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Home » Vayikra Parshah

Vayikra: Every Jew is Crucial

Submitted by on March 2, 2006 – 2:37 amNo Comment | 2,483 views

Why?

“Rabbi,” he said to me, “Why is it that in some Jewish circles I am seen as a lesser Jew? I was born to a Jewish mother, but I don’t practice very much. Am I any less Jewish than other Jews?”

I could see the pain in his eyes as he repeated the hurtful words, and I too felt a twinge of sadness. Trying to comfort him, I said, “Try to forget what they said. You don’t live there and you don’t attend those synagogues. Luckily you live in a more understanding community.”

“But,” he rightly protested, “the Jewish people are a single entity and if some Jews are disconnected from others, I cannot relax simply because I am not immediately affected.”

His words cut right to the heart of the matter and I acknowledged that he was correct.

We are one people, one block, and if one piece is missing, the entire block is affected. It is true that all Jews are equally obligated to observe the Torah. But it is also true that those who don’t observe are full and equal members of the Jewish community. After all, every Jew is G-d’s cherished child. Every Jew is an integral part of the chosen nation.

Diamonds

Rabbi Menachem M. Schneerson, the Lubavitcher Rebbe, was known to remain standing for hours to greet Jews from all walks of life who lined up to see him. He was an elderly man, no longer endowed with the energy of youth, and someone once asked him, “Don’t you tire of standing for so many hours?”

“Every Jew is a diamond,” the Rebbe replied. “One never tires of counting diamonds.”

The Rebbe’s response seemed more polemic than practical. Is every Jew truly a diamond? What of the criminals? What of the insensitive, arrogant and conceited Jews? What of the Jews who are completely oblivious to Torah?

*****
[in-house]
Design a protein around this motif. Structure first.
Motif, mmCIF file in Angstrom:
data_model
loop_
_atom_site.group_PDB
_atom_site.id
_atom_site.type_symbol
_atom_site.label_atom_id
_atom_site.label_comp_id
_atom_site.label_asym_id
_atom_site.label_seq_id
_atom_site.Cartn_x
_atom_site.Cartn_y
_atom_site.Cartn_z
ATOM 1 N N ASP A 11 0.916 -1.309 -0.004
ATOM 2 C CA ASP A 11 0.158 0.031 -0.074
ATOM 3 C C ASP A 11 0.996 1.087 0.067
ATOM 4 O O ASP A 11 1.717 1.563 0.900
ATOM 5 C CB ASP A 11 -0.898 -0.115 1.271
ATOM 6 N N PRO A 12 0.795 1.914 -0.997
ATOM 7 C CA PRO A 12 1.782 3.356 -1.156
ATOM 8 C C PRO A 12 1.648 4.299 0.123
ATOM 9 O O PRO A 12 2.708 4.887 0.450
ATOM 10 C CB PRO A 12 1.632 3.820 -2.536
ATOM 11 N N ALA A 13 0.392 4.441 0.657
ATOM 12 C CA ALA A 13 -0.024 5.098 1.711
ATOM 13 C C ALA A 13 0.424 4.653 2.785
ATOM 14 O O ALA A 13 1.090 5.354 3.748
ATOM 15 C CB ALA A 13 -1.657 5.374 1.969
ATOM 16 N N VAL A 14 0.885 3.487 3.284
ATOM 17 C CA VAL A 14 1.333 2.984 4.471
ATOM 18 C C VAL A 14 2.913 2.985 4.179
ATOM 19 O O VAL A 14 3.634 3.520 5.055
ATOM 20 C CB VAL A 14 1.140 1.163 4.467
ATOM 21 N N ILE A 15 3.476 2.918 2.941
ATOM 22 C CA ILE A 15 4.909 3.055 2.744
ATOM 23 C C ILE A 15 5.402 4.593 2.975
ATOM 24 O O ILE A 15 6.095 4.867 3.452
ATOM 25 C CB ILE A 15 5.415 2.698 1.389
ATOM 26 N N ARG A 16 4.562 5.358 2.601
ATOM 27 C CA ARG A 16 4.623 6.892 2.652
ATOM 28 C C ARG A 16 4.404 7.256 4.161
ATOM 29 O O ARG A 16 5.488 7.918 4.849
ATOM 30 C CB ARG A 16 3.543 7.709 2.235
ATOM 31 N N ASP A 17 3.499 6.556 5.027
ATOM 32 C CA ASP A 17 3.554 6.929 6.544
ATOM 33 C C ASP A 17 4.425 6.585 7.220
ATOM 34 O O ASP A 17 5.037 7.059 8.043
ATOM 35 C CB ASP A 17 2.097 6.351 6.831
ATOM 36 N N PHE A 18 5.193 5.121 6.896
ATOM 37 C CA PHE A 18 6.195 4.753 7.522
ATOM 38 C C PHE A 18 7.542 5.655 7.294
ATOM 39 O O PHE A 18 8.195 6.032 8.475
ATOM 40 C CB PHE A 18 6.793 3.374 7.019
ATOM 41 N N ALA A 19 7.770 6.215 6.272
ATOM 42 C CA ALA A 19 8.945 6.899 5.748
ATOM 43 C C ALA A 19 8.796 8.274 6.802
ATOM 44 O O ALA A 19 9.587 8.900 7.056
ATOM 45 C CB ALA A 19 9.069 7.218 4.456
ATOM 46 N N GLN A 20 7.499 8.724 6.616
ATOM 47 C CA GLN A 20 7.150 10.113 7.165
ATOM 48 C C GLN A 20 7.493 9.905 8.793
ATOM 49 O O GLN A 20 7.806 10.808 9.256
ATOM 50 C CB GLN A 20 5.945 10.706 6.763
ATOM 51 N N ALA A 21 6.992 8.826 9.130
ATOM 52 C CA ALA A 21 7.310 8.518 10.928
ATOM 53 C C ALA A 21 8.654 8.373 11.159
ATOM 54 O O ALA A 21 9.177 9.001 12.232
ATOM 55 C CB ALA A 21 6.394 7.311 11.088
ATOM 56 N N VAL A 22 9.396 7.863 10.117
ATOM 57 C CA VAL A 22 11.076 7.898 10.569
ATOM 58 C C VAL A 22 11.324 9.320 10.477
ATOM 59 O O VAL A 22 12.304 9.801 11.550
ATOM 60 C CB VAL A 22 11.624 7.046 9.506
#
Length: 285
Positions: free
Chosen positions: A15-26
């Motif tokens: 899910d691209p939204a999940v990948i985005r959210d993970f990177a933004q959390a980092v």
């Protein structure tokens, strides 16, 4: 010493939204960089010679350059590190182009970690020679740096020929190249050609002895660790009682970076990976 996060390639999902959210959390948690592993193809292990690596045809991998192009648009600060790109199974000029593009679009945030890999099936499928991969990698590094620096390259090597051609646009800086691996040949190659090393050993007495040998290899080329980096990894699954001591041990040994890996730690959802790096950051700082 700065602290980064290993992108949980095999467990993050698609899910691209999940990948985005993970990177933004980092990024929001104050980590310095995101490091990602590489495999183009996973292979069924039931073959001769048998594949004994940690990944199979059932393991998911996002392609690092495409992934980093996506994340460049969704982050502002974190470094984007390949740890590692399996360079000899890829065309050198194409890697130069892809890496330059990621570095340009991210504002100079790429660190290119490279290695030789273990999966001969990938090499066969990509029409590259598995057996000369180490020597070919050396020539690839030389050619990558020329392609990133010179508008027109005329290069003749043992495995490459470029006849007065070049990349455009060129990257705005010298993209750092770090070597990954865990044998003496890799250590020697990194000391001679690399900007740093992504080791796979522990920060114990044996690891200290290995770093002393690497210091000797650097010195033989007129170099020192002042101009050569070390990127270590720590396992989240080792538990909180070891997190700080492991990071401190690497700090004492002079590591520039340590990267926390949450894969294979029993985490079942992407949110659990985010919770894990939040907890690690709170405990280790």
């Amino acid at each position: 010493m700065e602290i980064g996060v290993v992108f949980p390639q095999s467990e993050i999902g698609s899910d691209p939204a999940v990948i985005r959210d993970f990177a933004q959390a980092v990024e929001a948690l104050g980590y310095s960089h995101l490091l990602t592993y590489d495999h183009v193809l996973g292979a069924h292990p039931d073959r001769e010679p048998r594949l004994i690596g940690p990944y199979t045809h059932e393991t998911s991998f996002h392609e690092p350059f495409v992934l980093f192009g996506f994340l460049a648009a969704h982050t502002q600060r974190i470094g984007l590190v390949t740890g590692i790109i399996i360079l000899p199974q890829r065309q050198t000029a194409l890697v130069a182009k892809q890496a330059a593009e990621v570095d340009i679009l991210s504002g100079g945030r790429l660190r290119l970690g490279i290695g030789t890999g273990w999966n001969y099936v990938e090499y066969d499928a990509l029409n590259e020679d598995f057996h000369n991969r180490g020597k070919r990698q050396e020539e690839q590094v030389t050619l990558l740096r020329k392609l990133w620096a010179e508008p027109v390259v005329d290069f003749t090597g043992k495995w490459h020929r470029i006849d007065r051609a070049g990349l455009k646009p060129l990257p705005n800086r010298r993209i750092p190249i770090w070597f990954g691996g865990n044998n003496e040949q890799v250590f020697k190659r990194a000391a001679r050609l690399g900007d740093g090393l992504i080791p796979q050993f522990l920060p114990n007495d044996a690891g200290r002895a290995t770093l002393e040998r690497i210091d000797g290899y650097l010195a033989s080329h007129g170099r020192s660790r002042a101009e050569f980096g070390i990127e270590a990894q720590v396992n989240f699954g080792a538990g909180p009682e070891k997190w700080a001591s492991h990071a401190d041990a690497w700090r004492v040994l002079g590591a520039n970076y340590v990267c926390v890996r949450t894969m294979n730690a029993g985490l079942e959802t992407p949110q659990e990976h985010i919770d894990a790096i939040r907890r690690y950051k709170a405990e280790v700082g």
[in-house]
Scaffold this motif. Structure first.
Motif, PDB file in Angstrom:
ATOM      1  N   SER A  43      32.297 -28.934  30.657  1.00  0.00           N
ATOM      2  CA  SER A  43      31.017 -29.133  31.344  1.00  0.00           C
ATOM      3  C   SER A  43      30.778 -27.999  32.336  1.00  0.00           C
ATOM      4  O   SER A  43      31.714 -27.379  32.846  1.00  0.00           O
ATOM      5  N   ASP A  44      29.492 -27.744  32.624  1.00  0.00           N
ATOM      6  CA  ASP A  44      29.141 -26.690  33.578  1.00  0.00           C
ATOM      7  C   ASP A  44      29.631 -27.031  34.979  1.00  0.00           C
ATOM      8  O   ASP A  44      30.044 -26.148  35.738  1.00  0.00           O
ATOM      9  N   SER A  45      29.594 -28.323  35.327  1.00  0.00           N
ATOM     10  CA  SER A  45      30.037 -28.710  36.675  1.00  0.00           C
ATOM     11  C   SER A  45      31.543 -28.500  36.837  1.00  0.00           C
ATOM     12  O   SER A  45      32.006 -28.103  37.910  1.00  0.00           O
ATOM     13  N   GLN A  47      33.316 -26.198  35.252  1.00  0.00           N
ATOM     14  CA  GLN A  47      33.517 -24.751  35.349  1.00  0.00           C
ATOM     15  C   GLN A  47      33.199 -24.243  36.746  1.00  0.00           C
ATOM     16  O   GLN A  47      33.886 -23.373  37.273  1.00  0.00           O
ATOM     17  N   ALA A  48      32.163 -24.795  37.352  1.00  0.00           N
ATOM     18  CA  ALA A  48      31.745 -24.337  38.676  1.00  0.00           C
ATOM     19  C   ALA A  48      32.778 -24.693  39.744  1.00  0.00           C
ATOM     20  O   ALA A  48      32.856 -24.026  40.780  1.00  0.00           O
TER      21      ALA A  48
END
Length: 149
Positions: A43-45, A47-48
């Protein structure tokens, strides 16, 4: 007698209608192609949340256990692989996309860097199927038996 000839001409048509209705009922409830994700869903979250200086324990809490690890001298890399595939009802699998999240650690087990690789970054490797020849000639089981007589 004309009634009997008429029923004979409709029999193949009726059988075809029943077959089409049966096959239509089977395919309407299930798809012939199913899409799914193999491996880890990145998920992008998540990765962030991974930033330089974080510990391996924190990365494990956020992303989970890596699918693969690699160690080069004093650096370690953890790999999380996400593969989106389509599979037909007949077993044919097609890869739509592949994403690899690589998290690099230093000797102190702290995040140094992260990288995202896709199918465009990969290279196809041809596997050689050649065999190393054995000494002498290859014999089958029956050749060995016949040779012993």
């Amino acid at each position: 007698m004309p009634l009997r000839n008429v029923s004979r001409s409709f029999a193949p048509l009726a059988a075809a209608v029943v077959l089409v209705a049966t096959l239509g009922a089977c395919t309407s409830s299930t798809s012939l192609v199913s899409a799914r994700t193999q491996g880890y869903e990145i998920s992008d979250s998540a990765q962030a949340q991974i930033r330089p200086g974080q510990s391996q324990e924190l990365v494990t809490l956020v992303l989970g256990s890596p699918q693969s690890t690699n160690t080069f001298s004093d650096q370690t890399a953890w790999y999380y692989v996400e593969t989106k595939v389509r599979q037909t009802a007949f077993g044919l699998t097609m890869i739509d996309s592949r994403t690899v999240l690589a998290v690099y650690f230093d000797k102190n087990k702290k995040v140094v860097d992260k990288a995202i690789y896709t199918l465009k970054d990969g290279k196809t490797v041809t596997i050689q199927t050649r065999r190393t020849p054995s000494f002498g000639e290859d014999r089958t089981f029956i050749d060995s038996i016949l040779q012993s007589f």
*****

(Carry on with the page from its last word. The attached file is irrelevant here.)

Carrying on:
The truth is that this is not a polemic. It is a fact.

Isaiah prophesied of the Jewish people, “This is the nation I have formed for (the service of) myself. My praises they shall tell.”  What an interesting statement. G-d formed the Jewish people for himself, for his purposes. How do we serve G-d’s purpose? One would assume that we serve G-d through prayer, Torah study and observance of the mitzvos. (1)

But the prophet comes along and says no! This nation serves me even before they sing my praises. The prophet did not say that G-d formed the nation so that they could sing his praises. He said that the Jew was formed for G-d. Period. That the Jew sings G-d’s praises is added later, almost as an afterthought.

Legitimizing the King

The very existence of a Jew, even one who does not pray, study or observe the commandments is a testament to G-d’s greatness. G-d is first and foremost our king and we are first and foremost his subjects.

A king cannot reign unless there is a nation over whom he might reign. The very existence of subjects enables the king to ascend to the throne. Even the subject who does not obey the king’s law is a member of the nation and contributes to the legitimacy of the throne.

Every nation has its nobility and its commoners. The monarchy is not legitimate if it is only accepted by the nobility. Acceptance by the entire nation, the ministers, nobility and the commoners, is what legitimizes the monarchy. Every common subject, even the criminal, legitimizes the king’s throne.

The Jewish people also have nobility and commoners. The righteous and pious, our scholars and sages, are our nobility. But the pious themselves cannot legitimize G-d’s reign. To be king G-d needs the common Jew as much as he needs the pious Jew. He needs the unobservant teffilin, the bond of love - innerstreamas much as he needs the observant. One Jew is not greater than the other. From this point of view we are all equal. (2)

“This is the nation that I have formed for (the service of ) myself.” Even before we sing his praises, we legitimize his kingship. We each serve equally in this powerful purpose.

We Can . . . and Must

This does not exempt us from Torah and mitzvos. This does not justify the lack of observance on the part of certain Jews. It simply means that no Jew may discount another, regardless of background, observance or affiliation, for we each play a significant role. (3)

Some Jews were not raised with Torah. Others were raised with Torah but were unfortunately exposed to negative experiences that turned them away from Torah. Such Jews may think that they are either exempt from, or incapable of, returning to the path of observance, to the path of singing G-d’s praises.